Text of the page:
NEW YORK—Gian Carlo Menotti’s “Amahl and the Night Visitors” is a Christmas nativity story. It is a one-act opera and the first-ever televised opera. The idea for it came to the composer via a sort of divine inspiration.
Growing up in Italy, Menotti didn’t have Santa Claus. Gifts came instead from the Three Kings, but he never stayed awake long enough to catch a glimpse of them.
“But I do remember hearing them. I remember the weird cadence of their song in the dark distance; I remember the brittle sound of the camels’ hooves crushing the frozen snow; and I remember the mysterious tinkling of their silver bridles,” Menotti wrote in the notes of the original recording.
But as he grew up and then moved to America, it seemed he’d forgotten them. Then in 1951, he was commissioned by NBC to write an opera for television, and in November, with Christmas fast approaching as the deadline, he looked out at the city with its sea of Santa Clauses and felt adrift and uninspired. It wasn’t until he stopped by The Metropolitan Museum of Art and stood in front of a painting of the Adoration of the Magi that he remembered the kings.
“I then realized they had come back to me and had brought me a gift,” Menotti wrote.
An estimated 5 million people saw the first broadcast, and it has stayed a fairly popular opera over the years.
Eric Einhorn, general and artistic director of On Site Opera, performed in a production of “Amahl and the Night Visitors” in high school, and it has stuck with him ever since.
The innovative opera company only stages site-specific works, productions like “The Barber of Seville” (Giovanni Paisiello’s version) at the Fabbri Mansion and “Pygmalion” (Rameau) at Madame Tussauds New York.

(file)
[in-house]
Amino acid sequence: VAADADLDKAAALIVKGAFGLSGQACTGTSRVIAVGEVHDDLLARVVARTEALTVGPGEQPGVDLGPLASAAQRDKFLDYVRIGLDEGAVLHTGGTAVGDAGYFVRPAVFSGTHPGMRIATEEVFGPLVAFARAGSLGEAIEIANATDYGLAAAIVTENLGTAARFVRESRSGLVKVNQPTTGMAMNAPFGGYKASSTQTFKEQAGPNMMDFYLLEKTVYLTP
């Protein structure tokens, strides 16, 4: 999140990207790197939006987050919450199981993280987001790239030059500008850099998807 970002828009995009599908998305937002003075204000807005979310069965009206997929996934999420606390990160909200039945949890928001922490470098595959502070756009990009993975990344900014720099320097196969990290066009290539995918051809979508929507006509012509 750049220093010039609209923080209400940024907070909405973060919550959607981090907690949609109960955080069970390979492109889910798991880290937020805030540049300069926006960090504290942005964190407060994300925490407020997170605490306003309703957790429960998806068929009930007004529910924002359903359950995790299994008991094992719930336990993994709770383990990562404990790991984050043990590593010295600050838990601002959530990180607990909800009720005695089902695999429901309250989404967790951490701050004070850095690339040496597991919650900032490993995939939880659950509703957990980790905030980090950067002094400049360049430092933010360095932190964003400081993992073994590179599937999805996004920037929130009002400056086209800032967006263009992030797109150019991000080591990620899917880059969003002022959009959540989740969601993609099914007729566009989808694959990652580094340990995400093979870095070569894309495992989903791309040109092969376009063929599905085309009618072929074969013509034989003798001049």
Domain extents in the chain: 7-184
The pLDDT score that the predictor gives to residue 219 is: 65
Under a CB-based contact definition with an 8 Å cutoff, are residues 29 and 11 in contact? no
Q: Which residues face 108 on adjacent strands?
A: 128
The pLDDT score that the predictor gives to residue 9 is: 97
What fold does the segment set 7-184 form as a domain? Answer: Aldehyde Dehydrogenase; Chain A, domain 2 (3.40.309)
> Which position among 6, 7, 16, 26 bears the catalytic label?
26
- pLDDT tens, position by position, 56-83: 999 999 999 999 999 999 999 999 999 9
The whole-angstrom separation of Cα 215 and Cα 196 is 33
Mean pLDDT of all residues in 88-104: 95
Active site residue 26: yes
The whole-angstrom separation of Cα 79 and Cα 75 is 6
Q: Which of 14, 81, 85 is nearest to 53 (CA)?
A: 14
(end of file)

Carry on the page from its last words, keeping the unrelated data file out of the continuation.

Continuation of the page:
“Well, it’s originally a Bible story, so how do you do that in New York?” Einhorn said. He had to strip away everything he thought he knew about the piece and get down to the essence of the story.
It’s a story about a young boy named Amahl, who can only walk with a crutch and is always telling tall tales. One night, he is watching the stars when he sees three kings approach. Amahl calls his mother, and the two of them invite them in to rest before continuing their long journey. The neighbors join in and offer food and entertainment, and as the events unfold, the difficult situation that Amahl and his mother are in is made clear.
In the end, Amahl, who has nothing to offer but his crutch, finds he can walk again without it.
“The essential message was generosity and selflessness despite one’s own situation—to, no matter what, always be generous,” Einhorn said. “So I started to dig into that and thought, where would we find Amahl and his mother today? That’s when I came upon the soup kitchen: a place where generosity provides a great service to so many New Yorkers, not just the homeless.”
Then Einhorn became interested in their stories. If he was going to tell a story around people who were homeless, formerly homeless, or at risk of becoming homeless, it would be a much deeper and more honest story if he could have people who had experienced that situation help to tell the stories. In fact, he set the opera at the Holy Apostles Soup Kitchen.
Einhorn had contacts that connected him with Breaking Ground, a supportive housing service.
“I pitched them this crazy idea—let’s form a choir—and the reception was spectacular,” Einhorn said.
Connecting Through Music
Up until a few weeks ago, Annette Phuvan was staying in a room at a Breaking Ground building in Times Square. There was a flier calling for auditions to sing in a Christmas opera, and she thought, why not? She got a part.
“At first, I didn’t think much about it, ‘Oh, I’ll be singing,'” she said. Phuvan has acting experience and did some singing in church choirs, so this was something she would enjoy. She thought maybe it would be a simple little play, but she was blown away.